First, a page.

No matter what adjective you use to describe the Affirmed vs. Alydar rivalry, it’s not enough.
Tremendous. Historic. Unbelievable. Indescribable. None does justice to the smackdowns the two great thoroughbreds staged during their Hall of Fame careers.
Their three Triple Crown races in 1978 are legendary, with Affirmed winning the Kentucky Derby by 1½ lengths, the Preakness by a neck and the Belmont by a head. Alydar is still the only horse to finish second in all three Triple Crown races.
Overall, Affirmed got the better of Alydar seven of the 10 times they met by a total of 10 lengths, with the latter beating his rival in the American Stakes and Champagne Stakes at Belmont Park when they were 2 years old and via disqualification the next year in the Travers Stakes in their final meeting.
I bring up the Affirmed-Alydar rivalry because one of the main characters in the story, Alydar trainer John Veitch, died this week of natural causes at the age of 77 at his home in Lexington, Kentucky. During a training career that spanned 30 years, Veitch trained four champions – fillies Our Mims, Davona Dale and Before Dawn and Sunshine Forever, top male turf horse in 1988. He also trained 1985 Breeders’ Cup Classic winner Proud Truth.
Interestingly, Alydar was not among his Eclipse Award winners. The chestnut colt was always overshadowed by Affirmed, the big boy on the block who more often than not wound up with Alydar’s milk money.
If the 1978 Belmont Stakes is not the most thrilling, dramatic horse race of the past 50 years, it’s darn close.
Many thought Alydar had a real shot at denying Affirmed’s Triple Crown bid, but Steve Cauthen, Affirmed’s teenaged jockey, had other ideas.
The two hooked up at the half-mile pole and raced head and head to the wire. Finally, it appeared Alydar might win one of the close ones he characteristically lost. His jockey, Jorge Velasquez, thought so, telling Bob Diskin of ESPN in 2003 that in the final stages of the race he felt the weight of the monkey climbing off his back.
“We got in front, by maybe a head, at the 3/16th pole. I thought (the result) would be different … until very late,” Velasquez said.
Veitch, who retired from training in 2003 and was elected to the United States’ Racing Hall of Fame in 2007, was remembered as a man with “great sportsmanship and positive attitude” by Ed Bowen, who met the trainer in the 1970s while writing for BloodHorse.
John Veitch, who during a Hall of Fame training career from 1974 to 2003 saddled 410 winners from 2,340 starters for earnings of more than $20 million, died Tuesday, Feb. 14, 2023, of natural causes at the age of 77 at his home in Lexington, Ky. (National Museum of Racing and Hall of Fame via AP)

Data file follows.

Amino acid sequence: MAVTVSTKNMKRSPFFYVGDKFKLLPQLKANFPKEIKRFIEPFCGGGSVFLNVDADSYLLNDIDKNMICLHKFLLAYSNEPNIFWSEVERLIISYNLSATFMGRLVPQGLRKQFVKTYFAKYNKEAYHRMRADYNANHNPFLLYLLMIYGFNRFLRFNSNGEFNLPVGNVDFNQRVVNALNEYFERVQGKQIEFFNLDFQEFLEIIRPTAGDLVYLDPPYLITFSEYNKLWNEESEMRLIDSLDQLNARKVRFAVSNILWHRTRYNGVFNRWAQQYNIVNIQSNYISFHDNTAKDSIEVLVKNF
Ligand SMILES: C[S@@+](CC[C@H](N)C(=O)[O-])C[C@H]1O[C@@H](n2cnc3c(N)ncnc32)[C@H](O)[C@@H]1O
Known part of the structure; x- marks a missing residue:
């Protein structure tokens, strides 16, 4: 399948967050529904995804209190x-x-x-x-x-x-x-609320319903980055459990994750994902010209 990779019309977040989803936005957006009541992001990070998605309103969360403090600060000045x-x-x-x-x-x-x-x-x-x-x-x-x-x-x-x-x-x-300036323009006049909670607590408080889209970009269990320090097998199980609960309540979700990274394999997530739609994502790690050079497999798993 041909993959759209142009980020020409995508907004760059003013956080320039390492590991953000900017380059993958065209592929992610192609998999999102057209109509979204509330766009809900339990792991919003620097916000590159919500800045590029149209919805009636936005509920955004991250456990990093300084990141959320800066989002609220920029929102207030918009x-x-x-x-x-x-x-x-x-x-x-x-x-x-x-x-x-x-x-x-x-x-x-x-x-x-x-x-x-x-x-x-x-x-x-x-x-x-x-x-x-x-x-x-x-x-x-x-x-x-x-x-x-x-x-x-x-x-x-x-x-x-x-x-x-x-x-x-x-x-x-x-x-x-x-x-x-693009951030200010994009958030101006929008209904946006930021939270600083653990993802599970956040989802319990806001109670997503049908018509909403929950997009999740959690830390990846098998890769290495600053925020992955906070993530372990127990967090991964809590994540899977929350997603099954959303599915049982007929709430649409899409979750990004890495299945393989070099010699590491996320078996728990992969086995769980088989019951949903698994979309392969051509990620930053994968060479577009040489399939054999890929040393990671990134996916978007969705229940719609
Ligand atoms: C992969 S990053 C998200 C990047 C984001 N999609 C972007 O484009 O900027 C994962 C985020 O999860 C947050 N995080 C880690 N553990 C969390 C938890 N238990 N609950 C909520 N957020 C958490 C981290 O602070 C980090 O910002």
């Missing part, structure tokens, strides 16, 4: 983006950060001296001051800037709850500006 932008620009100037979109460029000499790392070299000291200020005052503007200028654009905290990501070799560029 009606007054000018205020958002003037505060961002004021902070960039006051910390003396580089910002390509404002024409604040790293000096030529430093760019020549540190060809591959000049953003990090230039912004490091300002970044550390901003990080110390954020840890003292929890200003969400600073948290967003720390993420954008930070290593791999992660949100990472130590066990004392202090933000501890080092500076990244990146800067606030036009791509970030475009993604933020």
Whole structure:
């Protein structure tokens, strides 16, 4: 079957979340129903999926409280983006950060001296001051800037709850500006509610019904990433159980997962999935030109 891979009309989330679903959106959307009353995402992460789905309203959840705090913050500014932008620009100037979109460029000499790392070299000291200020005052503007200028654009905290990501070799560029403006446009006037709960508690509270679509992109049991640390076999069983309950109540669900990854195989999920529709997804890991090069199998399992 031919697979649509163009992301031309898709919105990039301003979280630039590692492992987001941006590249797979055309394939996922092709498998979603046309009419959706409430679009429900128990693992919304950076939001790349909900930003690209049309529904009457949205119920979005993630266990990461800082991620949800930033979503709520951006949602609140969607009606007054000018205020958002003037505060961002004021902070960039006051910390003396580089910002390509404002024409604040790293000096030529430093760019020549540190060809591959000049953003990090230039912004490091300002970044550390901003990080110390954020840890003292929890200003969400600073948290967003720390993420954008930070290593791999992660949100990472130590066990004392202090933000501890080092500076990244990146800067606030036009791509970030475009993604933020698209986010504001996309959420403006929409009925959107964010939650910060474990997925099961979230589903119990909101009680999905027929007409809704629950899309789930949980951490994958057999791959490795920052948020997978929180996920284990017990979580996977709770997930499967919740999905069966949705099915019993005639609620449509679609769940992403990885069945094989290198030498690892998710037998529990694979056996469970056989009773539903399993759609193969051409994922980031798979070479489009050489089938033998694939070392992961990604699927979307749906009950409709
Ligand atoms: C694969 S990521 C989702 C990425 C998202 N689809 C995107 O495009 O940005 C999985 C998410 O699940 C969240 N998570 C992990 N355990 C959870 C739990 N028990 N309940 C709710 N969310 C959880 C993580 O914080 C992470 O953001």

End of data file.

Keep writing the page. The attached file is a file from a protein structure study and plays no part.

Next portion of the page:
“Here he was with this wonderful horse, but just got beat so often by Affirmed,” Bowen recounted in BloodHorse. “And Alydar was such a brilliant horse … the day after he lost the Belmont, Veitch the next morning was sitting on the foot of his Jaguar on the backstretch of Belmont Park, eating a fudgsicle of all things, and he said, ‘Well, I think I can still beat that horse.’
“He was resilient, very much an accomplished horseman, and just had a great spark about him. Quite a personality.”
During his training career from 1974 to 2003, Veitch saddled 410 winners from 2,340 starters for earnings of $20,097,980, according to Equibase. But the horse of his lifetime was Alydar, who gave it everything he had each time he loaded into the starting gate, especially when Affirmed was loading into the same gate.
“You can’t mention one without the other and that’s how they will always be remembered. You don’t just remember the victor. You remember them both synonymously because every time they met they were right there at the finish and put on a show,” Veitch said during a 2015 interview with Bob Ehalt of BloodHorse.
“You’ll get horses who run against each other a lot, but they are not as consistent as Alydar and Affirmed. That was the wonderful part of the rivalry.”
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Said Cauthen of the two mega-stars’ matchups: “It was like an Ali-Frazier fight. You’ll always remember what was going on in your life when it happened and what you were doing at the time.”
Velazquez told BloodHorse upon hearing of Veitch’s death: “John and I got along very well. He treated me perfect, treated me with respect. He believed in me and my riding, and I believed in him because he was a great trainer. And he was a great person.”
Great person to go along with a great race horse. Quite a pair.
Follow Art Wilson on Twitter @Sham73